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Can't say: You do not describe any of your symptoms and thus i can not even begin to answer your question. ...Read more
82/40 hr 118 I have postural orthostatic tachy. Syndrome. Suppose to start new work tomorrow! BP never this low how can I get this up! ?
Low bp with standing: Postural hypotension is a drop in your blood pressure when you change positions. To help improve that your physician could change the time or type of blood pressure, use compression hoses to help keep the circulation up when you stand or add other medication to maintain blood pressure. The treatment varies depending on the cause. ...Read more
Orthostasis: It is called orthostasis when someone has a significant drop in the blood pressure along with a rise in heart rate. That can be due to dehydration, certain medications, or it can be missed as a condition called vasovagal (although that is usually a low BP and a low pulse instead of a high pulse). ...Read more
Deconditioning and POTS the same? Cause vs effect? (Postural Ortho. Tacchy. Syndrome) will slow and careful reconditioning be valid either way?
No POTS and: deconditioning are NOT the same....the former is a disorder of the nervous system which contracts the peripheral vessels when upright position is assumed thus causing a drop in blood pressure and a corresponding increase in heart rate! A rapid heart rate is however sometimes due to deconditioning and slow careful exercise will help! Exerciseis USEFUL in pattients with POTS but not "curative"! Dr Z ...Read more
Postural hypotension: If this is what you mean, that may require multiple specialty evaluation to include a pediatric cardiologist, otolaryngologist, and pediatric neurologist. ...Read more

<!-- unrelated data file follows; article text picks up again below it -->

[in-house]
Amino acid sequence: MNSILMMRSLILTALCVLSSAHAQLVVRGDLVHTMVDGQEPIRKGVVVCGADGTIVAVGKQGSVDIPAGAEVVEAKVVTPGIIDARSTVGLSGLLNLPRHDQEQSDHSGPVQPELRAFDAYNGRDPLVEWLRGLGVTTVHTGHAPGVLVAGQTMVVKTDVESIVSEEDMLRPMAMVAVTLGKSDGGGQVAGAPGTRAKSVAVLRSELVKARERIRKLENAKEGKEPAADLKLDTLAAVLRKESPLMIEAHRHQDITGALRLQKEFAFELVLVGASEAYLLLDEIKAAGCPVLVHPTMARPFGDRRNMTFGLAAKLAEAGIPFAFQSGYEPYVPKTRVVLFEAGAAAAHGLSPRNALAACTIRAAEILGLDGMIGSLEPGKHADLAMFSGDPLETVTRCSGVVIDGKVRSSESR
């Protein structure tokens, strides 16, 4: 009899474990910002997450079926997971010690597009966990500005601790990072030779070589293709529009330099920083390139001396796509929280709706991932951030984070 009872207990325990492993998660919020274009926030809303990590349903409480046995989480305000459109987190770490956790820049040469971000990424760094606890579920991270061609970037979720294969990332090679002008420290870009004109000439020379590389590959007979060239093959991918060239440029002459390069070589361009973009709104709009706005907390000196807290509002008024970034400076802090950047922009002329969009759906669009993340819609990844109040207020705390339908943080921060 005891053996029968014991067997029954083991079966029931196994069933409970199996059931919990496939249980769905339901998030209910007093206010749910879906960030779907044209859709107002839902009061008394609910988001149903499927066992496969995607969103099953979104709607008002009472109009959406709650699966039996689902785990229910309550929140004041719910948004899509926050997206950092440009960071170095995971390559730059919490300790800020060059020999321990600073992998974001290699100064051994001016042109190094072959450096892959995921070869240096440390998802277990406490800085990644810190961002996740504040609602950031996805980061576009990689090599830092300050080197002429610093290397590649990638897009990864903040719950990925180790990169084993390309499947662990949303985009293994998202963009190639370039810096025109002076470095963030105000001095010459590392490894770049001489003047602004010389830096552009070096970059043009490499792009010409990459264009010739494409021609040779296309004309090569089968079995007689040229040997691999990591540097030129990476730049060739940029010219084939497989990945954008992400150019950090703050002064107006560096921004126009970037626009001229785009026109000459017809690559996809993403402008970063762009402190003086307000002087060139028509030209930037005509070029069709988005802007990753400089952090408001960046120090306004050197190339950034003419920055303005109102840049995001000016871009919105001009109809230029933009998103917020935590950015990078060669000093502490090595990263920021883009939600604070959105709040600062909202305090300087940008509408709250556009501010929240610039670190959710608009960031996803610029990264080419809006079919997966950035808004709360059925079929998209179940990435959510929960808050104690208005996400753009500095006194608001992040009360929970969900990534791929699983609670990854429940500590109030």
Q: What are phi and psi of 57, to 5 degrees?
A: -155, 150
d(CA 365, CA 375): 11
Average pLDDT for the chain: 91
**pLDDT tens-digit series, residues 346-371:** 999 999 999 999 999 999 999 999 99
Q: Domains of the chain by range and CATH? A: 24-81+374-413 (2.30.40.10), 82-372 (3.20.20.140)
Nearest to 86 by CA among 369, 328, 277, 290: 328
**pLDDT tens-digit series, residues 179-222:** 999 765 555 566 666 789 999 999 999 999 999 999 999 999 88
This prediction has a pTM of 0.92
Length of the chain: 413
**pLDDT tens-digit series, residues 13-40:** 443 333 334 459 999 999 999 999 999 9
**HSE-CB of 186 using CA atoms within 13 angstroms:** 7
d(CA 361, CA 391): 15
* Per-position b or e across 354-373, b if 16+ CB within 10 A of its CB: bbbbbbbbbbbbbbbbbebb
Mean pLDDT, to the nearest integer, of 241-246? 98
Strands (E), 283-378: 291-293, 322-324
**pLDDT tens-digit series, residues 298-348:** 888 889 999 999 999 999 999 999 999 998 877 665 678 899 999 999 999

Autonomic condition: Postural orthostatic tachycardia syndrome (pots) is a condition that is characterized by an abnormal heart rate rise (>30 beats per minute) with standing. The cause is unknown. Patients may present with dizziness or fainting, but often have non specific symptoms of fatigue and generalized weakness. The treatment is supportive and individualized. There is no specific cure. ...Read moreSee 1 more doctor answer
Rapid heart rate up: Pots (redundant name of postural orthostatic tachycardia syndrome) is one type of dysautonomia - a word which describes problems with your autonomic nervous system. This condition causes rapid hr when you are up - sitting but worse standing though your blood pressure is maintained. Other dysautonomias can cause low BP without increase in hr. ...Read moreSee 1 more doctor answer
See below: It depends how severe the kyphosis is. If it is not too severe, stretching the muscles on the front of the body including the pectoral muscles and the hip flexor muscles can help. Doing posture retraining in a mirror helps. Occasionally using something called a posture training support which is a type of minimal brace can also be helpful. I have seen many people have results if they are vigilant. ...Read moreSee 1 more doctor answer
See below...: Postural kyphosis means you tend to get a "hunch back" type of curve with standing. It is normal up to 50 degrees in the mid back (thoracic spine). It is abnormal in the cervical and lumbar spine. It can be corrected with postural exercises, muscle training, and occasionally needs surgery if it is excessive or progressing. ...Read more
Sure but unlikely: If the spine ie flexible it may correct with posture. Most postural kyphoses are less than 20 degrees but in the immature spine before marked stiffening has occurerd it is possible. ...Read more
Garbage In/ Out: If the brain, much like a computer, gets poor information in, it will make decisions based upon that information. So, if joints aren't moving, and decrease information to the brain (dysafferentation), poor output to the muscles can occur. By performing chiropractic adjustments, using vibration, traction, etc. It provides input into the brain, to change the program, get better posture and function. ...Read more
Can an adult, with postural kyphosis, back return to normal shape? Do posture exercises all the time.
Most likely no.: When it comes to spinal deformities like kyphosis and scoliosis, the spine usually does not return to a "normal" shape with exercise/bracing/chiropractic manipulation. While these treatment methods may help a deformity like kyphosis from getting worse, surgery is typically required in order to correct it. ...Read moreSee 1 more doctor answer